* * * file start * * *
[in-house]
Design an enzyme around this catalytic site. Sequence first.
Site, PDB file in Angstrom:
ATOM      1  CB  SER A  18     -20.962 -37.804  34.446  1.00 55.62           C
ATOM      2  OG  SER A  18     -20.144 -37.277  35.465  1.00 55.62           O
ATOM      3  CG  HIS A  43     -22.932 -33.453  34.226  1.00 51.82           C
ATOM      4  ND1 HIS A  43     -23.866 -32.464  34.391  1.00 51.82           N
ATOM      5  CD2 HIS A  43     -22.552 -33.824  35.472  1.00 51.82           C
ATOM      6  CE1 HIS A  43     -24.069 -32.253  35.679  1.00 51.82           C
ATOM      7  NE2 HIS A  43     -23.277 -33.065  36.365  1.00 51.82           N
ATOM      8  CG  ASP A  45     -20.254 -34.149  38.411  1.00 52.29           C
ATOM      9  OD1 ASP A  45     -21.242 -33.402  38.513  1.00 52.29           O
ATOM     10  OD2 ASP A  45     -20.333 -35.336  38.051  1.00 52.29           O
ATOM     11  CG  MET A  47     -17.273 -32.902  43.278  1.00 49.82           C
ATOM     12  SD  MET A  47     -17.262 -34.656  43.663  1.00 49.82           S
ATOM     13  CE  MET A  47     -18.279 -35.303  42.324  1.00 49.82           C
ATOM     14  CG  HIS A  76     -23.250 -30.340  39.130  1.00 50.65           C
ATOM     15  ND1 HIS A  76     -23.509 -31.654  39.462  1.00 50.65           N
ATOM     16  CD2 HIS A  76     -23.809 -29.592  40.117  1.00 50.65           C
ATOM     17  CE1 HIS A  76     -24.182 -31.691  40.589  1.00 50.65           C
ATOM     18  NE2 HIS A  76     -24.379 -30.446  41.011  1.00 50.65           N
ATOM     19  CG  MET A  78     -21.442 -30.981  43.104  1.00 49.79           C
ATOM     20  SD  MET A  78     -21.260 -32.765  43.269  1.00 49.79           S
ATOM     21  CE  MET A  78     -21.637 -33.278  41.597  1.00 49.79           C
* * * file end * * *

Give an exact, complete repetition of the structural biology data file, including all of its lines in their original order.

[in-house]
Design an enzyme around this catalytic site. Sequence first.
Site, PDB file in Angstrom:
ATOM      1  CB  SER A  18     -20.962 -37.804  34.446  1.00 55.62           C
ATOM      2  OG  SER A  18     -20.144 -37.277  35.465  1.00 55.62           O
ATOM      3  CG  HIS A  43     -22.932 -33.453  34.226  1.00 51.82           C
ATOM      4  ND1 HIS A  43     -23.866 -32.464  34.391  1.00 51.82           N
ATOM      5  CD2 HIS A  43     -22.552 -33.824  35.472  1.00 51.82           C
ATOM      6  CE1 HIS A  43     -24.069 -32.253  35.679  1.00 51.82           C
ATOM      7  NE2 HIS A  43     -23.277 -33.065  36.365  1.00 51.82           N
ATOM      8  CG  ASP A  45     -20.254 -34.149  38.411  1.00 52.29           C
ATOM      9  OD1 ASP A  45     -21.242 -33.402  38.513  1.00 52.29           O
ATOM     10  OD2 ASP A  45     -20.333 -35.336  38.051  1.00 52.29           O
ATOM     11  CG  MET A  47     -17.273 -32.902  43.278  1.00 49.82           C
ATOM     12  SD  MET A  47     -17.262 -34.656  43.663  1.00 49.82           S
ATOM     13  CE  MET A  47     -18.279 -35.303  42.324  1.00 49.82           C
ATOM     14  CG  HIS A  76     -23.250 -30.340  39.130  1.00 50.65           C
ATOM     15  ND1 HIS A  76     -23.509 -31.654  39.462  1.00 50.65           N
ATOM     16  CD2 HIS A  76     -23.809 -29.592  40.117  1.00 50.65           C
ATOM     17  CE1 HIS A  76     -24.182 -31.691  40.589  1.00 50.65           C
ATOM     18  NE2 HIS A  76     -24.379 -30.446  41.011  1.00 50.65           N
ATOM     19  CG  MET A  78     -21.442 -30.981  43.104  1.00 49.79           C
ATOM     20  SD  MET A  78     -21.260 -32.765  43.269  1.00 49.79           S
ATOM     21  CE  MET A  78     -21.637 -33.278  41.597  1.00 49.79           C